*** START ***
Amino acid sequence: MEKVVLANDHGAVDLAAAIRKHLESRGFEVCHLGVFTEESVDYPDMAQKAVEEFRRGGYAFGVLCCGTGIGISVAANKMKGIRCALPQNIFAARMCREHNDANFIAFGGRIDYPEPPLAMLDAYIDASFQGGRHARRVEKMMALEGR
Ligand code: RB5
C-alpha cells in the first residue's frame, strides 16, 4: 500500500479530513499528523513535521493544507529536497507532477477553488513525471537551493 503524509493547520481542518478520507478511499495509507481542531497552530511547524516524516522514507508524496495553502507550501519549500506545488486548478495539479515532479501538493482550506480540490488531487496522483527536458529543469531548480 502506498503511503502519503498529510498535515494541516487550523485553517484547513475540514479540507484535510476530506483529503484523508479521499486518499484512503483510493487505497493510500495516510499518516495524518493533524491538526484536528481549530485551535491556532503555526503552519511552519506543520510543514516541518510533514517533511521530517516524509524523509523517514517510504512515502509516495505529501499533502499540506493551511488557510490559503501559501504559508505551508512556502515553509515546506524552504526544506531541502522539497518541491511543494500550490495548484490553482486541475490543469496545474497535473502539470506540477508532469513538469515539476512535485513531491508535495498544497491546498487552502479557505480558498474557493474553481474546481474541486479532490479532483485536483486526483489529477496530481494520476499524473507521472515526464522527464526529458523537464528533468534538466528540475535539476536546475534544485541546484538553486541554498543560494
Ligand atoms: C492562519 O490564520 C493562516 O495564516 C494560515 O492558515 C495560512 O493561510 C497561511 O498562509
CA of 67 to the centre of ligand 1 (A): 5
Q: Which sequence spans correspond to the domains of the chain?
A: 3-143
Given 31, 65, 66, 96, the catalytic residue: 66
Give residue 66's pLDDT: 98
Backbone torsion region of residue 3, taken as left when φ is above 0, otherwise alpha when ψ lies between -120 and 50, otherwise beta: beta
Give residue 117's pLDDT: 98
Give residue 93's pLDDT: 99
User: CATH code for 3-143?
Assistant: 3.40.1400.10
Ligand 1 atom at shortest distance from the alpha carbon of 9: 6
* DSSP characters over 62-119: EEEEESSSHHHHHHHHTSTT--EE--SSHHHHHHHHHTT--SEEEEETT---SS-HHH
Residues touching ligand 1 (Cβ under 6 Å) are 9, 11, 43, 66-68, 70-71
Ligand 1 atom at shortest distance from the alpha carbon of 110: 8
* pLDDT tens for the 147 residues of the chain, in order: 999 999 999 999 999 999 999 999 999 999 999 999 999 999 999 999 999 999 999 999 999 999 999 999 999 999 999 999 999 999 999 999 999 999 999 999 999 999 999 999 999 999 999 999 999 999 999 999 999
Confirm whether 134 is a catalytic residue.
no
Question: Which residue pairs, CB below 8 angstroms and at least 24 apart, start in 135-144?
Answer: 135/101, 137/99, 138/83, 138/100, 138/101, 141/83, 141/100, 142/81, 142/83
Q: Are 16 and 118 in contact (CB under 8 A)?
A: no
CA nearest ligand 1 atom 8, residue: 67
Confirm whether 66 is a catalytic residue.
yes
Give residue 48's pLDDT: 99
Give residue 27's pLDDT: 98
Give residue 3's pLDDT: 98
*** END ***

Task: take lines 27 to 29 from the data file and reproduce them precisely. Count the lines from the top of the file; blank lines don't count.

Confirm whether 66 is a catalytic residue.
yes
Give residue 48's pLDDT: 99